Speaker Paul Ryan said he has received “assurances” that Robert Mueller won’t be fired, as questions swirl around whether President Trump will pull the plug on the special counsel, The Hill reports.
Said Ryan: “I received assurances that his firing is not even under consideration. We have a system based upon the rule of law in this country, we have a justice system, and no one is above that justice system.”
Rep. Louise Slaughter (D-NY), the top Democrat on the House Rules Committee, has died at age 88, The Hill reports.
“Slaughter had been hospitalized after suffering a concussion in her home, her office said earlier this week.”
Rep. Ryan Costello (R-PA) is considering retirement, several state and national officials in GOP politics have told ABC News, a move that would boost Democratic hopes in their quest to retake control of the House.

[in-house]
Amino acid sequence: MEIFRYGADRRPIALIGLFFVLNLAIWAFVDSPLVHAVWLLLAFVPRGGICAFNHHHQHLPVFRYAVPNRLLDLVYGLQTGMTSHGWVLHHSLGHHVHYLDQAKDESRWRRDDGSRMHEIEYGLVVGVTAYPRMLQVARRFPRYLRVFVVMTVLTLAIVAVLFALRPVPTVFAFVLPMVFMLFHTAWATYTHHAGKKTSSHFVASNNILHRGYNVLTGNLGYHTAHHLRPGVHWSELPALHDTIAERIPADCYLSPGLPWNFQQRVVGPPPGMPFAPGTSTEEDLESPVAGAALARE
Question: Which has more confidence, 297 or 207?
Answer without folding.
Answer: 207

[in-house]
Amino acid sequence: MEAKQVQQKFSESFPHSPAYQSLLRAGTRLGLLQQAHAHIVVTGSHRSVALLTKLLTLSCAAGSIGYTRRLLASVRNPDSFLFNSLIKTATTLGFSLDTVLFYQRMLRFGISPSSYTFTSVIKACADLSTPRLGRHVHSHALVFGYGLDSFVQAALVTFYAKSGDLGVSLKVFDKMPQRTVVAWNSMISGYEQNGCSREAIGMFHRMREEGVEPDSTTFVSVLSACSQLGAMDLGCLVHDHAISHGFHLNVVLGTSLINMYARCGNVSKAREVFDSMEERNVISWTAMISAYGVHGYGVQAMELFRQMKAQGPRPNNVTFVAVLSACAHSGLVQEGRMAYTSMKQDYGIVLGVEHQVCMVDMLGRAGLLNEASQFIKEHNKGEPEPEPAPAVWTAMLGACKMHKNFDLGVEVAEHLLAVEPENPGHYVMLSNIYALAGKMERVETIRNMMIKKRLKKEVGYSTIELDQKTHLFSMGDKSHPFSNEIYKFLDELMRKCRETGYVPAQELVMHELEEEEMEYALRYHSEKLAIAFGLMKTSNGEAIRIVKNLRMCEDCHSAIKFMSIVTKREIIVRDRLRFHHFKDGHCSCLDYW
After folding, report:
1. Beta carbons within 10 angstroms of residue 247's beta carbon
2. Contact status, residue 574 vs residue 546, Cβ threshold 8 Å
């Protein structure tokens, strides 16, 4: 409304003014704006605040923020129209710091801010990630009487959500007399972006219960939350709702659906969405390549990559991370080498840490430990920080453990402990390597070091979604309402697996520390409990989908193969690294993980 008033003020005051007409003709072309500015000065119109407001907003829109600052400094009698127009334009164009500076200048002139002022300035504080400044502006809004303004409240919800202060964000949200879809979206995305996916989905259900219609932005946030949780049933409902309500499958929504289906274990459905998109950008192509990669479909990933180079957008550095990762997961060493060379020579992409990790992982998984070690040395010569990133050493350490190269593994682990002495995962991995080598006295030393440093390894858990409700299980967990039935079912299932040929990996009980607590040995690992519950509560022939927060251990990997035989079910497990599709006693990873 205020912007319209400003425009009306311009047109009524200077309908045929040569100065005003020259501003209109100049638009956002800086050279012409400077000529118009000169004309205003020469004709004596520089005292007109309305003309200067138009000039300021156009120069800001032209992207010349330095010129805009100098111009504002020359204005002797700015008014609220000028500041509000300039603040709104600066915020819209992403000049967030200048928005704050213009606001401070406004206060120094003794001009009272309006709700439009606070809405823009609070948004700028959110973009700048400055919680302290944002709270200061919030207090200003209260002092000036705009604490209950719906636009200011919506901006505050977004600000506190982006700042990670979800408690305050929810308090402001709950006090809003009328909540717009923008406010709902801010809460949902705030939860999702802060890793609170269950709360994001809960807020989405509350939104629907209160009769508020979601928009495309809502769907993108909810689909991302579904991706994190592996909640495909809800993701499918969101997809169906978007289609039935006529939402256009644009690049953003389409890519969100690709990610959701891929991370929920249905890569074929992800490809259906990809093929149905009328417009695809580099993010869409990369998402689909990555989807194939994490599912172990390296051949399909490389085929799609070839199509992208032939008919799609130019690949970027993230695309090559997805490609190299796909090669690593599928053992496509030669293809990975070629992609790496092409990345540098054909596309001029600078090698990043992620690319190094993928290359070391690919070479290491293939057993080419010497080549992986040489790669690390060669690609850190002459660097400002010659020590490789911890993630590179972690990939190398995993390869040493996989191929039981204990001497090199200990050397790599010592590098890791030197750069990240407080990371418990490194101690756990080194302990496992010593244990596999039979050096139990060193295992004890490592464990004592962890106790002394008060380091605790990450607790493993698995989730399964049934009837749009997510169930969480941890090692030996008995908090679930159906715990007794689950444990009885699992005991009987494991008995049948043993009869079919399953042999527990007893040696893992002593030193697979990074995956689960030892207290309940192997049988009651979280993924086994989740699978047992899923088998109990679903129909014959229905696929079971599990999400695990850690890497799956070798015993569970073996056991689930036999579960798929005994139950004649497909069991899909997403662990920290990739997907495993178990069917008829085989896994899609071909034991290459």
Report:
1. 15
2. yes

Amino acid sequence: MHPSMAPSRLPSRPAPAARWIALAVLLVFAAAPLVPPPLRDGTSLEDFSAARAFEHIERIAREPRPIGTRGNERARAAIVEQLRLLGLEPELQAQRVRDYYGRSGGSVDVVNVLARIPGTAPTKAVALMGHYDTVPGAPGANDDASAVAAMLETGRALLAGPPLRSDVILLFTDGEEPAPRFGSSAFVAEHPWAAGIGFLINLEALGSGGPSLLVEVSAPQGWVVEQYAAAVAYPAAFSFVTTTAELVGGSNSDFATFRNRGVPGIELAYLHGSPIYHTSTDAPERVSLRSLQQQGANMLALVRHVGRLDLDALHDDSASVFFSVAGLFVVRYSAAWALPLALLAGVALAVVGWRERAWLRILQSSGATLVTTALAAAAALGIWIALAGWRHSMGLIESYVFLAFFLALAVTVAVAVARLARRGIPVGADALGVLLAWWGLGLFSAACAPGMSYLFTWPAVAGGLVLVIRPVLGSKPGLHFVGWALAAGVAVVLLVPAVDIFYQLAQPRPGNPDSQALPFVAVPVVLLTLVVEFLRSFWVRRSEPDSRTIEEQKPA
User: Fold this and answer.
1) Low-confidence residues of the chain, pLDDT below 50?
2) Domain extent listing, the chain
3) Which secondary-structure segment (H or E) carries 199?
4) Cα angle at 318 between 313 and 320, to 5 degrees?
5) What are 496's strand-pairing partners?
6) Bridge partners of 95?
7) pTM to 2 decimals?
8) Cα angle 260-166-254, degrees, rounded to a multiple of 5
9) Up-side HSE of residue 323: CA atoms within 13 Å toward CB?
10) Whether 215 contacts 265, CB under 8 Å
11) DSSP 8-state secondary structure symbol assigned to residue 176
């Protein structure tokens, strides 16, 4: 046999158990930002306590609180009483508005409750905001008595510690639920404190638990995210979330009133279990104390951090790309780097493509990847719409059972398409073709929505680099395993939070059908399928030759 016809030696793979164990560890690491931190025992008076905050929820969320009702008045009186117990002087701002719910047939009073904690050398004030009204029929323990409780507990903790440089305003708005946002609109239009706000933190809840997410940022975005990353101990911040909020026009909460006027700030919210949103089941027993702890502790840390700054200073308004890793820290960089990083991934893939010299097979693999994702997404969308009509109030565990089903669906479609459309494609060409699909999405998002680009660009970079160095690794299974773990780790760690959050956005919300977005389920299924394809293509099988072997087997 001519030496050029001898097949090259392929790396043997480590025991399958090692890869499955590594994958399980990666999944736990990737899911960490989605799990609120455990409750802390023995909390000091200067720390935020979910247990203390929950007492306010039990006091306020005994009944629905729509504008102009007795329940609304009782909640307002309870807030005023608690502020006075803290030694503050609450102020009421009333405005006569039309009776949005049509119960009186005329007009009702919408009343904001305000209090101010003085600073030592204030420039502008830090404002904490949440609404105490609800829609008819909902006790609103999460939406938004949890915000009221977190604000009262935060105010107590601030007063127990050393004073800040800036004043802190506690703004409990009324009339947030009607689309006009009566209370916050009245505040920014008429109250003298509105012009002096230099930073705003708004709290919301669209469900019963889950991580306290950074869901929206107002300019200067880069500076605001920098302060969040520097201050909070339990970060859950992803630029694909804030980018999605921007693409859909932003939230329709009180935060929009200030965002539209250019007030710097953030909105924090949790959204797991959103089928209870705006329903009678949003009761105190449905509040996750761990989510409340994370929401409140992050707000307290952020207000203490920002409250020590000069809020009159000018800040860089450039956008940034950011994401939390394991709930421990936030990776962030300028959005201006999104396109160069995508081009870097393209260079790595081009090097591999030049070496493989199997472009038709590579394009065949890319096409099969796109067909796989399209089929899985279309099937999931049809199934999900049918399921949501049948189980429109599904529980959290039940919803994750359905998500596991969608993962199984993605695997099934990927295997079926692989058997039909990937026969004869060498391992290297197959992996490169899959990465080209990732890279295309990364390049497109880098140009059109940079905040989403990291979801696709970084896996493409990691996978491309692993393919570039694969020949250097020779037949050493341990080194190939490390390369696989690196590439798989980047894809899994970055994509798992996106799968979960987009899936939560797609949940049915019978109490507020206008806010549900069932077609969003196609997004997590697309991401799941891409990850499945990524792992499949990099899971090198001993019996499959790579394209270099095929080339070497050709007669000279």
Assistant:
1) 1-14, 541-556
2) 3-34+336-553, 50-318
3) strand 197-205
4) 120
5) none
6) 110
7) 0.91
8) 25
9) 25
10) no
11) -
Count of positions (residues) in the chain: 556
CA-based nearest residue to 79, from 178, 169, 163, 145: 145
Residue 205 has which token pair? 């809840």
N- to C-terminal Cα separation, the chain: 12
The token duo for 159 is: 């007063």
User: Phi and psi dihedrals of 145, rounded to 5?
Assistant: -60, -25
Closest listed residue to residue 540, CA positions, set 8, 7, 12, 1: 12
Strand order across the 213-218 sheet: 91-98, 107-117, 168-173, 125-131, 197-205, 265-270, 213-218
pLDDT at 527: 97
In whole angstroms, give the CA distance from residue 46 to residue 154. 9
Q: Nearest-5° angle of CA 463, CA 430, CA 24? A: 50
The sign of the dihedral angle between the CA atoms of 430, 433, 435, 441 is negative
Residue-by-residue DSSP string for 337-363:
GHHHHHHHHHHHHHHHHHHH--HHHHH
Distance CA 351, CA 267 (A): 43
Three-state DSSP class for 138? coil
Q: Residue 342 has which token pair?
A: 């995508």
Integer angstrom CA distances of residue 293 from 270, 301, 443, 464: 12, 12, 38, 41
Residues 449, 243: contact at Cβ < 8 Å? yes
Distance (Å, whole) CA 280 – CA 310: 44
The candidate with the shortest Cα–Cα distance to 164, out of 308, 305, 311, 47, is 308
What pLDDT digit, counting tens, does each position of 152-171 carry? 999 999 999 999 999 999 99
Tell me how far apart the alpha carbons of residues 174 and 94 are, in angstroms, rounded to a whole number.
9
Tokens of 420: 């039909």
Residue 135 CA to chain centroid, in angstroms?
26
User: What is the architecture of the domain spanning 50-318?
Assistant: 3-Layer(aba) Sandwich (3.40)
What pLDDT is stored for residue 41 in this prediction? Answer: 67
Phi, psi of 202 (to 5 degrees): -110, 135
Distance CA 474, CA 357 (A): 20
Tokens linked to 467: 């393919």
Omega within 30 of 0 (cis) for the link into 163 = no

Mike Allen: “Top Democrats tell me that if they take back the House in November, a restoration of Speaker Nancy Pelosi is no longer guaranteed.”
“In fact, some well-wired House Democrats predict she will be forced aside after the election and replaced by a younger, less divisive Dem…. Pelosi has hung in through the minority, and remains the party’s most consistent fundraiser. As for whether she’ll return as Speaker, she has just said that it’s up to the members. (Her allies note that she has never lost a leadership vote.)”
Playbook: “Nancy Pelosi has thick skin. She would love nothing more than for Democrats to win back the House majority. If people dump on her en route to the majority, fine.”
Bloomberg: “Now that Republicans have terminated the House Intelligence Committee’s Russia probe, the biggest outstanding question is whether the public will ever see transcripts from dozens of its closed-door witnesses.”
“Republicans on the Intelligence panel are reversing their earlier plans to release those transcripts, while Democrats say they plan to attach the documents to their final report.”